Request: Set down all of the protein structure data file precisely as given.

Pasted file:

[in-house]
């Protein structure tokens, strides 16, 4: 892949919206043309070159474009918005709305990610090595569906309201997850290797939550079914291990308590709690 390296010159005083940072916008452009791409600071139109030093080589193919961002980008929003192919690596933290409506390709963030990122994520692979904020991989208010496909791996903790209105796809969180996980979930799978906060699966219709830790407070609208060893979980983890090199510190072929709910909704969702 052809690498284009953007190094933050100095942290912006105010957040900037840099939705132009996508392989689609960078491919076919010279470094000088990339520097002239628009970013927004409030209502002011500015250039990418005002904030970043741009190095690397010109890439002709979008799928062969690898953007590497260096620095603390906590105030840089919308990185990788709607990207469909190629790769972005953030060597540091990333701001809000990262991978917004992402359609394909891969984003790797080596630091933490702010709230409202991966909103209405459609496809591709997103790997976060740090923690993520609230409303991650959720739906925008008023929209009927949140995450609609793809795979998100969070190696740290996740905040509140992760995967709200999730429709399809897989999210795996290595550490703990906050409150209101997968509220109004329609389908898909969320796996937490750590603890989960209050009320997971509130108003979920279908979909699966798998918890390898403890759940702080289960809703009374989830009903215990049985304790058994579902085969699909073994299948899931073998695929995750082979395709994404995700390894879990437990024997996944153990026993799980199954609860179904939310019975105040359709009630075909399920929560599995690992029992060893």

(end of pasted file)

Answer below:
[in-house]
């Protein structure tokens, strides 16, 4: 892949919206043309070159474009918005709305990610090595569906309201997850290797939550079914291990308590709690 390296010159005083940072916008452009791409600071139109030093080589193919961002980008929003192919690596933290409506390709963030990122994520692979904020991989208010496909791996903790209105796809969180996980979930799978906060699966219709830790407070609208060893979980983890090199510190072929709910909704969702 052809690498284009953007190094933050100095942290912006105010957040900037840099939705132009996508392989689609960078491919076919010279470094000088990339520097002239628009970013927004409030209502002011500015250039990418005002904030970043741009190095690397010109890439002709979008799928062969690898953007590497260096620095603390906590105030840089919308990185990788709607990207469909190629790769972005953030060597540091990333701001809000990262991978917004992402359609394909891969984003790797080596630091933490702010709230409202991966909103209405459609496809591709997103790997976060740090923690993520609230409303991650959720739906925008008023929209009927949140995450609609793809795979998100969070190696740290996740905040509140992760995967709200999730429709399809897989999210795996290595550490703990906050409150209101997968509220109004329609389908898909969320796996937490750590603890989960209050009320997971509130108003979920279908979909699966798998918890390898403890759940702080289960809703009374989830009903215990049985304790058994579902085969699909073994299948899931073998695929995750082979395709994404995700390894879990437990024997996944153990026993799980199954609860179904939310019975105040359709009630075909399920929560599995690992029992060893």